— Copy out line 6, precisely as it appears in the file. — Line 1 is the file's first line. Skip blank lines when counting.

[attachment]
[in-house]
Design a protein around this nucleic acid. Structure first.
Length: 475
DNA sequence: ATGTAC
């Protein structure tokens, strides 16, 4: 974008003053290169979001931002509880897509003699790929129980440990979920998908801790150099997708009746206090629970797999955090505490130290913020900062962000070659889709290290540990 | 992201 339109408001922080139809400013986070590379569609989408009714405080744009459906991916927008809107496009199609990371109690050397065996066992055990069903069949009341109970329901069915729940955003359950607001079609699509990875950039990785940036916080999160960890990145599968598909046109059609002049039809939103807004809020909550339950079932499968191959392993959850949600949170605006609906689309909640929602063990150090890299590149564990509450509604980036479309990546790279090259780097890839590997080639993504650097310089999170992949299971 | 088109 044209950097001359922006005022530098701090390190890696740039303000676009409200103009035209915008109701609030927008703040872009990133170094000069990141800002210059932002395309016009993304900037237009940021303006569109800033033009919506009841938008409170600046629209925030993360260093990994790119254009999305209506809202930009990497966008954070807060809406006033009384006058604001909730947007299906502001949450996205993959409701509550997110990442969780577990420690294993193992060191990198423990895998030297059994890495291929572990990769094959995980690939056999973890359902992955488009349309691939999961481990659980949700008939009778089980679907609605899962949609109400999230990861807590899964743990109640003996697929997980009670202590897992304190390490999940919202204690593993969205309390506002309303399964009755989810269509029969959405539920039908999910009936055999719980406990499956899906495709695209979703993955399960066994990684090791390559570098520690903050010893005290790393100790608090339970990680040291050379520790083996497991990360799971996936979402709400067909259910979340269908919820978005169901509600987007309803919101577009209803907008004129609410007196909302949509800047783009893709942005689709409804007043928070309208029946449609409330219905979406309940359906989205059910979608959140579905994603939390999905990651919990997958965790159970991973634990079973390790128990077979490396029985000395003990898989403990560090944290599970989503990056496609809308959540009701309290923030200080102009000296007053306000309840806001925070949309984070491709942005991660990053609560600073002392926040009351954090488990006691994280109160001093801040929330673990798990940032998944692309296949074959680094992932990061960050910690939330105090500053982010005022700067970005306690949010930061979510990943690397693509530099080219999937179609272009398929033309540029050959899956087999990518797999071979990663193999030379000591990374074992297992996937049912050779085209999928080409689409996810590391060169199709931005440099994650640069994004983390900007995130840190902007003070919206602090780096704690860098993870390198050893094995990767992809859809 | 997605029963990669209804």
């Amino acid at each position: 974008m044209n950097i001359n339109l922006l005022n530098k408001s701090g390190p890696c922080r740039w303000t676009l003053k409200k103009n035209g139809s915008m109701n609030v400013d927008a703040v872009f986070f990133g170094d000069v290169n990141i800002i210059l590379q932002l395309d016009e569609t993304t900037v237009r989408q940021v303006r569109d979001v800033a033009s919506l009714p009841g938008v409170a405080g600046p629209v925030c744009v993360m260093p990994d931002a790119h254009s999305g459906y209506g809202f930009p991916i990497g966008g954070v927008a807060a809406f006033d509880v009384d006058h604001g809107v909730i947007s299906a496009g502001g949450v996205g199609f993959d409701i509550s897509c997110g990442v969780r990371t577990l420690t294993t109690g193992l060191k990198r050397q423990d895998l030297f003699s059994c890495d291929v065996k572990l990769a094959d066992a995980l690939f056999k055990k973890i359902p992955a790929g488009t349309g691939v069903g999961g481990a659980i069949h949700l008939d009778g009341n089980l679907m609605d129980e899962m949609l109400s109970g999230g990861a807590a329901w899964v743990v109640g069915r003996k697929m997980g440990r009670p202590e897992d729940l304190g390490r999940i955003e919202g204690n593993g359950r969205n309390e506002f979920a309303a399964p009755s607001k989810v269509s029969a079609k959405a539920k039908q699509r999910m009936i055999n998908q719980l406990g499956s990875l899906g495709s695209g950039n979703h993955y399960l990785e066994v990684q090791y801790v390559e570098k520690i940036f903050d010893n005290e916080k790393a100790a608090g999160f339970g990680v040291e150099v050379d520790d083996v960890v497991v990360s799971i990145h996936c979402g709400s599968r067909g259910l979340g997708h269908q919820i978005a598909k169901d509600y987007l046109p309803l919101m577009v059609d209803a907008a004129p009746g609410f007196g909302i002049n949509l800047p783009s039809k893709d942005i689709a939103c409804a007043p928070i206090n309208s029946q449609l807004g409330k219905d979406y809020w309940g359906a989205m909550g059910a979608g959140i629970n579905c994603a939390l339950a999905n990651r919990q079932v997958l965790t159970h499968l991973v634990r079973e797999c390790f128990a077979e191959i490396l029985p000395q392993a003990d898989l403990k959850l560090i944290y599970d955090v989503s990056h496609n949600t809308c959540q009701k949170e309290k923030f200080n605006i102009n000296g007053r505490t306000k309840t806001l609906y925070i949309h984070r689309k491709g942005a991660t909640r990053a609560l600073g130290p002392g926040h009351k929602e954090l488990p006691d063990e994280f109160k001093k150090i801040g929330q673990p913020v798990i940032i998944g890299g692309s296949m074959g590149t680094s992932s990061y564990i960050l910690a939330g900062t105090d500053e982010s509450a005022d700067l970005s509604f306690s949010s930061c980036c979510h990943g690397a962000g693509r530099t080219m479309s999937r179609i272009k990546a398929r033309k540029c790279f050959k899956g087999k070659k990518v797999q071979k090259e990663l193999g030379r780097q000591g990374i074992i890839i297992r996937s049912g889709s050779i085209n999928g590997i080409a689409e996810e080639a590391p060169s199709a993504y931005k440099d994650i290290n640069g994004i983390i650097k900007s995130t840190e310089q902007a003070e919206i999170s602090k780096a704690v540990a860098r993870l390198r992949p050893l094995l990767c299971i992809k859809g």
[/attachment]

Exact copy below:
């Amino acid at each position: 974008m044209n950097i001359n339109l922006l005022n530098k408001s701090g390190p890696c922080r740039w303000t676009l003053k409200k103009n035209g139809s915008m109701n609030v400013d927008a703040v872009f986070f990133g170094d000069v290169n990141i800002i210059l590379q932002l395309d016009e569609t993304t900037v237009r989408q940021v303006r569109d979001v800033a033009s919506l009714p009841g938008v409170a405080g600046p629209v925030c744009v993360m260093p990994d931002a790119h254009s999305g459906y209506g809202f930009p991916i990497g966008g954070v927008a807060a809406f006033d509880v009384d006058h604001g809107v909730i947007s299906a496009g502001g949450v996205g199609f993959d409701i509550s897509c997110g990442v969780r990371t577990l420690t294993t109690g193992l060191k990198r050397q423990d895998l030297f003699s059994c890495d291929v065996k572990l990769a094959d066992a995980l690939f056999k055990k973890i359902p992955a790929g488009t349309g691939v069903g999961g481990a659980i069949h949700l008939d009778g009341n089980l679907m609605d129980e899962m949609l109400s109970g999230g990861a807590a329901w899964v743990v109640g069915r003996k697929m997980g440990r009670p202590e897992d729940l304190g390490r999940i955003e919202g204690n593993g359950r969205n309390e506002f979920a309303a399964p009755s607001k989810v269509s029969a079609k959405a539920k039908q699509r999910m009936i055999n998908q719980l406990g499956s990875l899906g495709s695209g950039n979703h993955y399960l990785e066994v990684q090791y801790v390559e570098k520690i940036f903050d010893n005290e916080k790393a100790a608090g999160f339970g990680v040291e150099v050379d520790d083996v960890v497991v990360s799971i990145h996936c979402g709400s599968r067909g259910l979340g997708h269908q919820i978005a598909k169901d509600y987007l046109p309803l919101m577009v059609d209803a907008a004129p009746g609410f007196g909302i002049n949509l800047p783009s039809k893709d942005i689709a939103c409804a007043p928070i206090n309208s029946q449609l807004g409330k219905d979406y809020w309940g359906a989205m909550g059910a979608g959140i629970n579905c994603a939390l339950a999905n990651r919990q079932v997958l965790t159970h499968l991973v634990r079973e797999c390790f128990a077979e191959i490396l029985p000395q392993a003990d898989l403990k959850l560090i944290y599970d955090v989503s990056h496609n949600t809308c959540q009701k949170e309290k923030f200080n605006i102009n000296g007053r505490t306000k309840t806001l609906y925070i949309h984070r689309k491709g942005a991660t909640r990053a609560l600073g130290p002392g926040h009351k929602e954090l488990p006691d063990e994280f109160k001093k150090i801040g929330q673990p913020v798990i940032i998944g890299g692309s296949m074959g590149t680094s992932s990061y564990i960050l910690a939330g900062t105090d500053e982010s509450a005022d700067l970005s509604f306690s949010s930061c980036c979510h990943g690397a962000g693509r530099t080219m479309s999937r179609i272009k990546a398929r033309k540029c790279f050959k899956g087999k070659k990518v797999q071979k090259e990663l193999g030379r780097q000591g990374i074992i890839i297992r996937s049912g889709s050779i085209n999928g590997i080409a689409e996810e080639a590391p060169s199709a993504y931005k440099d994650i290290n640069g994004i983390i650097k900007s995130t840190e310089q902007a003070e919206i999170s602090k780096a704690v540990a860098r993870l390198r992949p050893l094995l990767c299971i992809k859809g």